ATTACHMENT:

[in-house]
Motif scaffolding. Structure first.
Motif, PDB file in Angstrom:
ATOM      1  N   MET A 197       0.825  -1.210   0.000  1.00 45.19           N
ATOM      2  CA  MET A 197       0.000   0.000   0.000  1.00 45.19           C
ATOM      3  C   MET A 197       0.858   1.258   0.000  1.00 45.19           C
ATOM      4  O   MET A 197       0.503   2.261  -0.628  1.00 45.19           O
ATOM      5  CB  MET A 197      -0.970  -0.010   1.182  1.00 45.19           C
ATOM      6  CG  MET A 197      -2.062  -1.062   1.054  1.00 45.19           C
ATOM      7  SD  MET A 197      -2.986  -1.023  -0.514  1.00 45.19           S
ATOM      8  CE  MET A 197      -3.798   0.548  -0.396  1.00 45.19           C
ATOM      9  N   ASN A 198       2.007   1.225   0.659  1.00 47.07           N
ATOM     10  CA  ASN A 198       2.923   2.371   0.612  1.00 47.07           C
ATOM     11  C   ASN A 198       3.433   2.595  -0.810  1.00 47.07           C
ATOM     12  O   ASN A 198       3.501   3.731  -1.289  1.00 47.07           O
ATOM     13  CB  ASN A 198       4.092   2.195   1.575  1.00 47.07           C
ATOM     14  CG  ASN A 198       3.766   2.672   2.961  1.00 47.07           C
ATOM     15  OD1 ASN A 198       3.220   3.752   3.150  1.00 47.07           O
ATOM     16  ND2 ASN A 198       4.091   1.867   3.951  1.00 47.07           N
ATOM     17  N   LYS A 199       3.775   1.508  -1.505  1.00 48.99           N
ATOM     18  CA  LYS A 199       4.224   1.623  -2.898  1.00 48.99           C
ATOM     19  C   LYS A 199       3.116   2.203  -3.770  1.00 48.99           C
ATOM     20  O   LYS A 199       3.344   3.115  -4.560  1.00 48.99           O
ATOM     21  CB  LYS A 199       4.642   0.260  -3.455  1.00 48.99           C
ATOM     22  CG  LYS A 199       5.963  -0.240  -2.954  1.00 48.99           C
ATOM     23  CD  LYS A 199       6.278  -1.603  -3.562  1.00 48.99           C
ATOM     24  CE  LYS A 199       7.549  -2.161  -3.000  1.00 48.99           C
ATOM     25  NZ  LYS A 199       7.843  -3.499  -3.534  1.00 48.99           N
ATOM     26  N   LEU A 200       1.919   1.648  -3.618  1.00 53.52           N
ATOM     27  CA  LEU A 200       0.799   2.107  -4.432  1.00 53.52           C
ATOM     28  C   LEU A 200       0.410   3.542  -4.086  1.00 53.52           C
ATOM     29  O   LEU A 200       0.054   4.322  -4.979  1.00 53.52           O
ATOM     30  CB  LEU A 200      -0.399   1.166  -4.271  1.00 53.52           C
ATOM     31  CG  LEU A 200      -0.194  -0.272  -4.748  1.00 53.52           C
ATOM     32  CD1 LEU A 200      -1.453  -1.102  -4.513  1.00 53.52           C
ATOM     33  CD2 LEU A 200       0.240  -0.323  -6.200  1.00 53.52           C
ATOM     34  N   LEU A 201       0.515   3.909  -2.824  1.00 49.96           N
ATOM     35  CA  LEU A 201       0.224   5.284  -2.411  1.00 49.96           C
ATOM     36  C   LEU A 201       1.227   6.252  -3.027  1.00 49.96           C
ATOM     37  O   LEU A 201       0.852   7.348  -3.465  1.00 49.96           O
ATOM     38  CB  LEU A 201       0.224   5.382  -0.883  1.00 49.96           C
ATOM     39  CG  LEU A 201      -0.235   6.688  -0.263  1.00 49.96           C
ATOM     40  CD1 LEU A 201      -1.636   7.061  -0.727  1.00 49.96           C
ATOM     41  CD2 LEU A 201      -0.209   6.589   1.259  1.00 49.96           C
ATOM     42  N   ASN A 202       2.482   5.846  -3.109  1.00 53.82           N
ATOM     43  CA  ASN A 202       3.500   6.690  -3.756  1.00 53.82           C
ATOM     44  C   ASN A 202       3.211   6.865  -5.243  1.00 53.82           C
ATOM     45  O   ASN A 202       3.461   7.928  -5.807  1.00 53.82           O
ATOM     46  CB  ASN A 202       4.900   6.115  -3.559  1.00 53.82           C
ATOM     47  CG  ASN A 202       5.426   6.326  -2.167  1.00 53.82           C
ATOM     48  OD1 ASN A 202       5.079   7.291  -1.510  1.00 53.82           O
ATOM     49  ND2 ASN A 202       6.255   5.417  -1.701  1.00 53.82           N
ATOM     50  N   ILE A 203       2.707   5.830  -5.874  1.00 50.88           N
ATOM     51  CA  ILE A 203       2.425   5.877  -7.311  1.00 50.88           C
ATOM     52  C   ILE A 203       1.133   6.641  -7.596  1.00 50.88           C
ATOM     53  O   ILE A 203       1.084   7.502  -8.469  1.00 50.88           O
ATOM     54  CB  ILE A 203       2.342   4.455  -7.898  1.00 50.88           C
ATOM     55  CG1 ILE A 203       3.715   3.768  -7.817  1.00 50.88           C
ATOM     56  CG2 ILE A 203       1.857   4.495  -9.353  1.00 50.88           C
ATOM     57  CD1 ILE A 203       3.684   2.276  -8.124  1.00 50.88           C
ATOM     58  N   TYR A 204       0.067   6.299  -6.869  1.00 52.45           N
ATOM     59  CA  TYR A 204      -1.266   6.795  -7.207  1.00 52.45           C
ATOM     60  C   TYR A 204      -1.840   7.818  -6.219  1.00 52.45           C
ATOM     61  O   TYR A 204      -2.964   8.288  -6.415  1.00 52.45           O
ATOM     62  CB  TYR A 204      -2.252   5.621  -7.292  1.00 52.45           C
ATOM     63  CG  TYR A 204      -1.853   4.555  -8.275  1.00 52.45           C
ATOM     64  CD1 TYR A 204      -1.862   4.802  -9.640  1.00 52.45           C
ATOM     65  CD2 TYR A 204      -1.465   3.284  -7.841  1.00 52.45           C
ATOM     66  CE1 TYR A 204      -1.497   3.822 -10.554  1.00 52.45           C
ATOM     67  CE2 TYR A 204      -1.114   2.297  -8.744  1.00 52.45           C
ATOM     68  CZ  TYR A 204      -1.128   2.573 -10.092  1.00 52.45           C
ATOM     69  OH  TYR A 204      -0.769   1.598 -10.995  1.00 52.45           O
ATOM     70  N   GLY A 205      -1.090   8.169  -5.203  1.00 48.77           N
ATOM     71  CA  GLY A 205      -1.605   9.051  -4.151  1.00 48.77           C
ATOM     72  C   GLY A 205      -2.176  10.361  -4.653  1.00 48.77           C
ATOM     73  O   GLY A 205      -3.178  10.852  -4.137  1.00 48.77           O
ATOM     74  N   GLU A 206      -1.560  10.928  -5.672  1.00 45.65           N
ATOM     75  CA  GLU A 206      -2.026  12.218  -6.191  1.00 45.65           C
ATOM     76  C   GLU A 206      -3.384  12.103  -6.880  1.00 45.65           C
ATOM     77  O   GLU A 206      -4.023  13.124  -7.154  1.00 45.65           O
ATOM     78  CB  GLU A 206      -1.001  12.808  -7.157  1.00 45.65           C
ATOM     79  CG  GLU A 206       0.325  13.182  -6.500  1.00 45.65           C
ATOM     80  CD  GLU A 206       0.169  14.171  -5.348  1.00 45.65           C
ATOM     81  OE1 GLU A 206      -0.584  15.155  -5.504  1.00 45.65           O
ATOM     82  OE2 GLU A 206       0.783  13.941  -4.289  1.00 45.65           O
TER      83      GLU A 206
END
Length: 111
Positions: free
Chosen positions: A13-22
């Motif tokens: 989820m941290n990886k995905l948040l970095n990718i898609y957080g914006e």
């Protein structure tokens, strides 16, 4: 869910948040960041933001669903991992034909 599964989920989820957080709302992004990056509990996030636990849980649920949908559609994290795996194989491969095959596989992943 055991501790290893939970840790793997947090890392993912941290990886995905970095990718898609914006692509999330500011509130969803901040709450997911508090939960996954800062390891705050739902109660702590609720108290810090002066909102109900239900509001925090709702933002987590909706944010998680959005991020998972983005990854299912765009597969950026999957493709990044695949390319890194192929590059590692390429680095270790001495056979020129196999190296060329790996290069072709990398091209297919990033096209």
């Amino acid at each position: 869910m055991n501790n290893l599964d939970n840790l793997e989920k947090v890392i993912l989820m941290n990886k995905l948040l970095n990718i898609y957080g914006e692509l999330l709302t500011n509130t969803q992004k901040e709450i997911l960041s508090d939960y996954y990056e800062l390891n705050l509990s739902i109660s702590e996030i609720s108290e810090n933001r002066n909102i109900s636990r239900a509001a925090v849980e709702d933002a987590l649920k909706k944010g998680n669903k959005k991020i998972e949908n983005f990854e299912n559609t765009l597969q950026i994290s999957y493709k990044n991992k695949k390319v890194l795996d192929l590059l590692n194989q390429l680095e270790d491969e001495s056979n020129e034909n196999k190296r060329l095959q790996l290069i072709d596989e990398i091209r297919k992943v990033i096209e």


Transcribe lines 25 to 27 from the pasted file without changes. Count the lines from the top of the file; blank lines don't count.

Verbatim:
ATOM     22  CG  LYS A 199       5.963  -0.240  -2.954  1.00 48.99           C
ATOM     23  CD  LYS A 199       6.278  -1.603  -3.562  1.00 48.99           C
ATOM     24  CE  LYS A 199       7.549  -2.161  -3.000  1.00 48.99           C